Blue, the oldest of six children, was born and raised in Mansfield, Louisiana. His father worked as a laborer in an iron foundry. In high school he pitched for the baseball team and also was the quarterback for the football team. In his senior year of high school, he threw for 3,400 yards and completed 35 touchdown passes while rushing for 1,600 yards in football. Also in his senior year, Blue threw a no-hitter. In seven innings pitched one game, Blue had 21 strikeouts.2 He received several offers to play college football, but after his father died suddenly Blue signed a contract with the Oakland A's.3
After Blue's breakthrough season in 1971, he and Athletics owner Charlie Finley clashed over his salary. Blue held out, missing much of the year, and ended up with a 6–10 record. He didn't make the Athletics' post-season starting rotation, instead pitching mainly in relief. Against the Cincinnati Reds in the 1972 World Series he made four appearances, including a save in Game 1, a blown save in Game 4, and a loss in a spot-starting role in Game 6.
Blue returned to form to win 20 games in 1973, 17 games in 1974, and 22 games in 1975, as an integral member of the Oakland Athletics' five straight American League Western Division pennants from 1971 to 1975, and three consecutive World Championships in 1972, 1973, and 1974. Perhaps his finest postseason performances were four innings of shutout relief work against the Detroit Tigers to save Game 5 of the 1972 American League Championship Series and a complete-game 1-0 shutout against the Orioles in Game 3 of the 1974 ALCS.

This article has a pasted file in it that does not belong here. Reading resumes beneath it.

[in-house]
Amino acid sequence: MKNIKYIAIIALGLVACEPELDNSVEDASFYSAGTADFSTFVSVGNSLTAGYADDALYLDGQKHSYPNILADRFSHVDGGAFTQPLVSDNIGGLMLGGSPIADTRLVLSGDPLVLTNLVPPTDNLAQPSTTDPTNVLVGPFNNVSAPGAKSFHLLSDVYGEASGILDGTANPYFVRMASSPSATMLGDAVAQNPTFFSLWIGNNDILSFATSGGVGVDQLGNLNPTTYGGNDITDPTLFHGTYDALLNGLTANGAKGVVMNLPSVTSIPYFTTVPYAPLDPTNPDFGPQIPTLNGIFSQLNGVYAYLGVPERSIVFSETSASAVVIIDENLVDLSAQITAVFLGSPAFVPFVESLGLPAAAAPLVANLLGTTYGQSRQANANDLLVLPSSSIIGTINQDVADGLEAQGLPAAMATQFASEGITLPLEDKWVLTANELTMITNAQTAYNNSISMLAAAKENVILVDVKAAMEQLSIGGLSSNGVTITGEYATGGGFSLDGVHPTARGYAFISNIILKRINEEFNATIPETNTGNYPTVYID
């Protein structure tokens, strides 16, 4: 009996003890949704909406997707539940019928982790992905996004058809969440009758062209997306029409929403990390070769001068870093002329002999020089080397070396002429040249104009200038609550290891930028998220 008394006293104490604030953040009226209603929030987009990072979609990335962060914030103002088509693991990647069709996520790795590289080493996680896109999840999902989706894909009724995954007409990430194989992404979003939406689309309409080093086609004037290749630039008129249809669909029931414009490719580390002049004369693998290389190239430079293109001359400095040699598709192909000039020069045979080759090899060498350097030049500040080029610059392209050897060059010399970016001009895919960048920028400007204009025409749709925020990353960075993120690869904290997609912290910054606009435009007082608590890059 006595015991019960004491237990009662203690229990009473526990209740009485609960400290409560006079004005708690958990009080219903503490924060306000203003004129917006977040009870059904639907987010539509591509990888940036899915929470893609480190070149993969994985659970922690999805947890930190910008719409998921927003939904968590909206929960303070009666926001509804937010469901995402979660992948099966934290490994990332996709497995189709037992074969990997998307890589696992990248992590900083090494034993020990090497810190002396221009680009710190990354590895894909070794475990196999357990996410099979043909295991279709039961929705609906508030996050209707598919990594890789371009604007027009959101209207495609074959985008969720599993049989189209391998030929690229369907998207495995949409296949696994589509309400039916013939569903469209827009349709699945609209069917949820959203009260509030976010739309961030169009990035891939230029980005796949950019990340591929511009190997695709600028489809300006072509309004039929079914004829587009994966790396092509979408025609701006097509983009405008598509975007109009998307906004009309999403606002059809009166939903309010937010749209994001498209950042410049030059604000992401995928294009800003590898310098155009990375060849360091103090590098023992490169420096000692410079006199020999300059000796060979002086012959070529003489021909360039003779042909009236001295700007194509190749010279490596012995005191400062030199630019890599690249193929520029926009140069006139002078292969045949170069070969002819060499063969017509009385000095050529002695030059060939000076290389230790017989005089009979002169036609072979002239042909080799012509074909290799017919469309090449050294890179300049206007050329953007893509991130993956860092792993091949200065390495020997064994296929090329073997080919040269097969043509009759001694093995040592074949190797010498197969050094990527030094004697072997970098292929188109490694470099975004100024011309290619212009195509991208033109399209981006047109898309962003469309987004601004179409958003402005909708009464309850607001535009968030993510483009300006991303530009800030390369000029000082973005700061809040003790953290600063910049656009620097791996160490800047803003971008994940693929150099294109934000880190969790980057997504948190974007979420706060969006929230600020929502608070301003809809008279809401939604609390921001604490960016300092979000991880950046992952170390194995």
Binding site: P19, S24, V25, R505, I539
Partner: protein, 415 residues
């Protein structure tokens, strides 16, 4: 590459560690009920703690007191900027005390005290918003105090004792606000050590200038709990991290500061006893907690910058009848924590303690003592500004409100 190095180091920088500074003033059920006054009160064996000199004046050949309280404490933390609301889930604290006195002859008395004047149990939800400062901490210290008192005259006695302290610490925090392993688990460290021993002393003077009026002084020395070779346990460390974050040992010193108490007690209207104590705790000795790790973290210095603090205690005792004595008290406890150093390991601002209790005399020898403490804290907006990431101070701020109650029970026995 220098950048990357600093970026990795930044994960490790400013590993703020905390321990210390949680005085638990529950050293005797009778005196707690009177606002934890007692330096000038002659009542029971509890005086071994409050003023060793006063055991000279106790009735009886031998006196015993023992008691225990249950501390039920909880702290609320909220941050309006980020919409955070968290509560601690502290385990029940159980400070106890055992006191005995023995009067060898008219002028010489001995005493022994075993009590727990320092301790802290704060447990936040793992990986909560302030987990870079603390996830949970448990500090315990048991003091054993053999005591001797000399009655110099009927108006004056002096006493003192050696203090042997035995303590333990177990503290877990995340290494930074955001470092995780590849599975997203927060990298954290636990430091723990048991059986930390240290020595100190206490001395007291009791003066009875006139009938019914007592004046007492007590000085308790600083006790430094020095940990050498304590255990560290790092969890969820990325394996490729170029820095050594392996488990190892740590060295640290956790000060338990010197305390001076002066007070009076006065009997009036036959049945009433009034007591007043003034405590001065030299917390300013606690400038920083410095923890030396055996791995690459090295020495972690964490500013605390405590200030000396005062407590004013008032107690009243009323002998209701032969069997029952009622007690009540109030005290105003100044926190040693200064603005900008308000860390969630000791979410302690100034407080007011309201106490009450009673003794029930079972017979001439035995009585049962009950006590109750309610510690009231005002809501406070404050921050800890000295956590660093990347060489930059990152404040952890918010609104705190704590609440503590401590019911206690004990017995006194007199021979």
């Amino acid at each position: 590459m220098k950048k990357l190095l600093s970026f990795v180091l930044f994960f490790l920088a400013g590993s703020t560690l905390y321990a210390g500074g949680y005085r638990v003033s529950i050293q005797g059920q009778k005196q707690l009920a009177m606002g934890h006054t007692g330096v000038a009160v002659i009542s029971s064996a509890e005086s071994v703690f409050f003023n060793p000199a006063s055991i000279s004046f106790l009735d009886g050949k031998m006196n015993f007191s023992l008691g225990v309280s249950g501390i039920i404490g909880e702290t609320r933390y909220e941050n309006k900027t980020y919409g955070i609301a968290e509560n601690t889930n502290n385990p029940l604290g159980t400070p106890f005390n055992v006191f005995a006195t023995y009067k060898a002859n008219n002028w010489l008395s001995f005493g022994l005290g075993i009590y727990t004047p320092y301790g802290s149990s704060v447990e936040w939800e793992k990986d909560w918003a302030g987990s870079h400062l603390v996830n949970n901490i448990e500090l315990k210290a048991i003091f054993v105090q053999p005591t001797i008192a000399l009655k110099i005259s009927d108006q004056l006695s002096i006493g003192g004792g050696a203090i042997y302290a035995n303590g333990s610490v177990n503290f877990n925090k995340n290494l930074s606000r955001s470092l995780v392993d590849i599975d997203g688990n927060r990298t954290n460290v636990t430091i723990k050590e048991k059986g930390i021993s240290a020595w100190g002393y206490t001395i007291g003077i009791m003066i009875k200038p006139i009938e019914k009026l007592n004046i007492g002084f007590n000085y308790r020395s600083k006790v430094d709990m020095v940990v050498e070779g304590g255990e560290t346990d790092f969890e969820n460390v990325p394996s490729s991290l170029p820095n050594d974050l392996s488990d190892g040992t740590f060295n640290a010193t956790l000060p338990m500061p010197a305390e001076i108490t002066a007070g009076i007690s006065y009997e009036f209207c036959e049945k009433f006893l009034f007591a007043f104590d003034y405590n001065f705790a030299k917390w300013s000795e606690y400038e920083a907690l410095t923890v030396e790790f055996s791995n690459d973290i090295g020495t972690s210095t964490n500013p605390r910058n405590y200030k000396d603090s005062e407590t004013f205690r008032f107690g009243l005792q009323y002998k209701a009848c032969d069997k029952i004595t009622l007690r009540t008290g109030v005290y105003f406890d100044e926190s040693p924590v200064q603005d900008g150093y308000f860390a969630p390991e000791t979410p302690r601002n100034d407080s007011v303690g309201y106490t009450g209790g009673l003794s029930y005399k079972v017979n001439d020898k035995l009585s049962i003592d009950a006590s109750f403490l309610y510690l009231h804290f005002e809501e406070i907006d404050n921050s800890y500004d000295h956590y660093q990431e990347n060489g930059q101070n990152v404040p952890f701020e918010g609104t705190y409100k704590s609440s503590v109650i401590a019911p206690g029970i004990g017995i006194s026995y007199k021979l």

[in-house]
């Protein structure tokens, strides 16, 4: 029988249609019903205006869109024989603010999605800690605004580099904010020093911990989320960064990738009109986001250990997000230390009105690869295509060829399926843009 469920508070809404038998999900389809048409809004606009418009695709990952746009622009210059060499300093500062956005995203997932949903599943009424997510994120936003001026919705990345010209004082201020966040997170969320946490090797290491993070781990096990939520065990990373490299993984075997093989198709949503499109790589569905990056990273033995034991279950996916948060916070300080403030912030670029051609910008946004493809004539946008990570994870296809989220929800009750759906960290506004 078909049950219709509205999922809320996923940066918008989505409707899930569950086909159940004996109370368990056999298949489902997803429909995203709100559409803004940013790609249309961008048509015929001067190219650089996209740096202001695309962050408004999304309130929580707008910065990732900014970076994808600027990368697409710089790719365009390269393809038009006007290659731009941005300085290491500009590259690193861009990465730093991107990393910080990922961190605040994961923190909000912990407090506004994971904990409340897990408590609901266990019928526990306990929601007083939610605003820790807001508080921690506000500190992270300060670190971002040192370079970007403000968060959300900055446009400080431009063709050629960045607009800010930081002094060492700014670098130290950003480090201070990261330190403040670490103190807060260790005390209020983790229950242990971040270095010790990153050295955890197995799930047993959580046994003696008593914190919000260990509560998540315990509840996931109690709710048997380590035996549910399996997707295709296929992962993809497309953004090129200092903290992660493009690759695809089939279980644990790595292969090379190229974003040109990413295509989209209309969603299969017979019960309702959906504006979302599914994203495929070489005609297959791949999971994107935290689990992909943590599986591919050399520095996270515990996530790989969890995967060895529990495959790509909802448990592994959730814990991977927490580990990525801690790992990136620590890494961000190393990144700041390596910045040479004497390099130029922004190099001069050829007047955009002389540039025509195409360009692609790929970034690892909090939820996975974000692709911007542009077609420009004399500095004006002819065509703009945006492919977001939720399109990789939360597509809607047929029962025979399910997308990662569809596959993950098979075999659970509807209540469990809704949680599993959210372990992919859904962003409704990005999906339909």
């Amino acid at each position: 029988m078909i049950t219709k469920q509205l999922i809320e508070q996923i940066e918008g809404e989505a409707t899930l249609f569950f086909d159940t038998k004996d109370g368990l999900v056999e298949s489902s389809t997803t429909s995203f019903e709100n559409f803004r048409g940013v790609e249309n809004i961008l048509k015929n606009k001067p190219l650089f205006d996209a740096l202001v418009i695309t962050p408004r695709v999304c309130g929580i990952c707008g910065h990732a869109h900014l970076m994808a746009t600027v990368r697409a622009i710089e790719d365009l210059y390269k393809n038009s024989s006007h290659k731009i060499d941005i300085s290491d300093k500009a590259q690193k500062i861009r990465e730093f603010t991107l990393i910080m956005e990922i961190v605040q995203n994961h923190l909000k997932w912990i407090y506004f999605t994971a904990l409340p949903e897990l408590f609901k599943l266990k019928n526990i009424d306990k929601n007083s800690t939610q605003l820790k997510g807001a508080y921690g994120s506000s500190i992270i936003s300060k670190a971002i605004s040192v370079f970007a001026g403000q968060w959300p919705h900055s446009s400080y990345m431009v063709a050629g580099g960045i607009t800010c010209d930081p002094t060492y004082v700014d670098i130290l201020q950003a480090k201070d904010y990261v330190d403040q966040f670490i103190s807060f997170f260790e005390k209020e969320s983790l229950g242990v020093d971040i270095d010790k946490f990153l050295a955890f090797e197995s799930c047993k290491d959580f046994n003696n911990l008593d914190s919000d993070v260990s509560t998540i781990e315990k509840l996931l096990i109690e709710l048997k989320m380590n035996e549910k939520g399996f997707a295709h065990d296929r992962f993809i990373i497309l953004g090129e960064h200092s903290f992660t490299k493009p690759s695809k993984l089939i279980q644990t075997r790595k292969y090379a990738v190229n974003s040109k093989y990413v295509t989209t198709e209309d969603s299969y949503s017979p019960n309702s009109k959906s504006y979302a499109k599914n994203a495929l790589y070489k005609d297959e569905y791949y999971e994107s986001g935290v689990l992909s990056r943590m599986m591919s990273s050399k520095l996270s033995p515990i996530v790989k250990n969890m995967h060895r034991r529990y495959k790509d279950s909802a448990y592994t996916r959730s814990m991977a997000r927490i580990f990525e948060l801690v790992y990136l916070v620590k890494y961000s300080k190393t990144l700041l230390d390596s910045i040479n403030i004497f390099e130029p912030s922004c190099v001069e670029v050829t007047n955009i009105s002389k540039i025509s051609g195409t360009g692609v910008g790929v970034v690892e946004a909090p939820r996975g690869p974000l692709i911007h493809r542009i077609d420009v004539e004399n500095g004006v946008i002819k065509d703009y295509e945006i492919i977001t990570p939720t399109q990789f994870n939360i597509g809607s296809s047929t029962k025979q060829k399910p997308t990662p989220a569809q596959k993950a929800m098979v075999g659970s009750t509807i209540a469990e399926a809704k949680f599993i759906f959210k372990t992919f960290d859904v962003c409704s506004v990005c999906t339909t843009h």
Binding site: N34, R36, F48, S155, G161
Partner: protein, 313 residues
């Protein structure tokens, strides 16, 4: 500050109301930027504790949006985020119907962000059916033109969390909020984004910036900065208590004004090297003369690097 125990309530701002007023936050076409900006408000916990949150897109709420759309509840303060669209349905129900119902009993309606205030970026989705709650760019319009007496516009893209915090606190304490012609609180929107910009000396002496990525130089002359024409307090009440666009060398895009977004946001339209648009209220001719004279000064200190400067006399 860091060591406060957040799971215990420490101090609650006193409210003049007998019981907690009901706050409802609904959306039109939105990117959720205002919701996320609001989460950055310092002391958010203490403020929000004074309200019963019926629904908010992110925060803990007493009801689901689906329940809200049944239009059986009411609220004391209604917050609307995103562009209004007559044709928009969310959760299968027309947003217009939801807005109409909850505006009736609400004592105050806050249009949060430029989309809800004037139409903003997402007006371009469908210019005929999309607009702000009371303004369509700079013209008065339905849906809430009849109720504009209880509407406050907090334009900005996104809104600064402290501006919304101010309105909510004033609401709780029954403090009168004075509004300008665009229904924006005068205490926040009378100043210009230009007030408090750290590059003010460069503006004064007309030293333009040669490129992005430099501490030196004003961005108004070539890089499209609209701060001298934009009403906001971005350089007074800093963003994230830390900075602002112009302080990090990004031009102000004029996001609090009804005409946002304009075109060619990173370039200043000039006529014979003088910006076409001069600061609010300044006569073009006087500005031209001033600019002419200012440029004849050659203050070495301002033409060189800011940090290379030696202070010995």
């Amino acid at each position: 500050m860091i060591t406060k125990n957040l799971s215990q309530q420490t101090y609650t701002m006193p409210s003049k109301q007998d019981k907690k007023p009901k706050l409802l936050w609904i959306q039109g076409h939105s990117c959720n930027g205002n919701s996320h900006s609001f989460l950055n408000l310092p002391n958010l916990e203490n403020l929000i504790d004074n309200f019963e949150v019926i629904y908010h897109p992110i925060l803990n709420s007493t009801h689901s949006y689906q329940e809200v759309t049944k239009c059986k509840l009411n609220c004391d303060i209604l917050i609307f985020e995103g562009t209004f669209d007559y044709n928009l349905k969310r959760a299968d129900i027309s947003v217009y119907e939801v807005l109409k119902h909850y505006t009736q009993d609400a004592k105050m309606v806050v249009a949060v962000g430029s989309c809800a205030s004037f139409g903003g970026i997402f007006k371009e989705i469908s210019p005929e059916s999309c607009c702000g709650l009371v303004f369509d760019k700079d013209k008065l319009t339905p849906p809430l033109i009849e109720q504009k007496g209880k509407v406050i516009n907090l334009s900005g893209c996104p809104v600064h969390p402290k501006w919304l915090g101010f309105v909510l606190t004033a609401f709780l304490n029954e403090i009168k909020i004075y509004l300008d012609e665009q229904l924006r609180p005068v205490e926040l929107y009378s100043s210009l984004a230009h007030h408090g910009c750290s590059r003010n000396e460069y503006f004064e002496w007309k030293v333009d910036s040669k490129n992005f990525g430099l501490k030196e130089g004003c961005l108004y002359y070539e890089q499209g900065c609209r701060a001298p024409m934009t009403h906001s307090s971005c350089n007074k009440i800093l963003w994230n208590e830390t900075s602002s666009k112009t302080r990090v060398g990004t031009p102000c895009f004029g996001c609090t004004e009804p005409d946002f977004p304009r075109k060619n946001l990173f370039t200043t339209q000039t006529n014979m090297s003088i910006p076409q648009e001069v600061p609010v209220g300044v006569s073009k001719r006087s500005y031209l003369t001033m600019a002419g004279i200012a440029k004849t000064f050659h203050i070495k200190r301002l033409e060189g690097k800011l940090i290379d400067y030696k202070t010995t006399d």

In 1976, baseball commissioner Bowie Kuhn vetoed an attempt by Oakland A's owner Charlie Finley to sell Blue to the New York Yankees, and in 1977, Kuhn cancelled a proposed trade of Blue to the Cincinnati Reds. In both instances, Kuhn said the trades would be bad for baseball because they would benefit already powerful teams without making them give up any significant talent in return. At the end of the 1976 season, nearly the entire A's roster of star players from Oakland's championship teams left with baseball's new free agency, or were traded off by Finley, leaving Blue, who was still under contract with Oakland, to mentor a new team of primarily rookies and other young players. In 1978, Blue was traded to the San Francisco Giants.
Blue battled drug addiction, "fat lines of cocaine", over the course of his career. After the 1983 season, he and former teammates Willie Wilson, Jerry Martin and Willie Aikens pleaded guilty to attempting to purchase cocaine. In 1985, he testified in the Pittsburgh drug trials. His troubles with substance abuse seem to haunt this former great pitcher, as he faced multiple DUI charges in 2005.16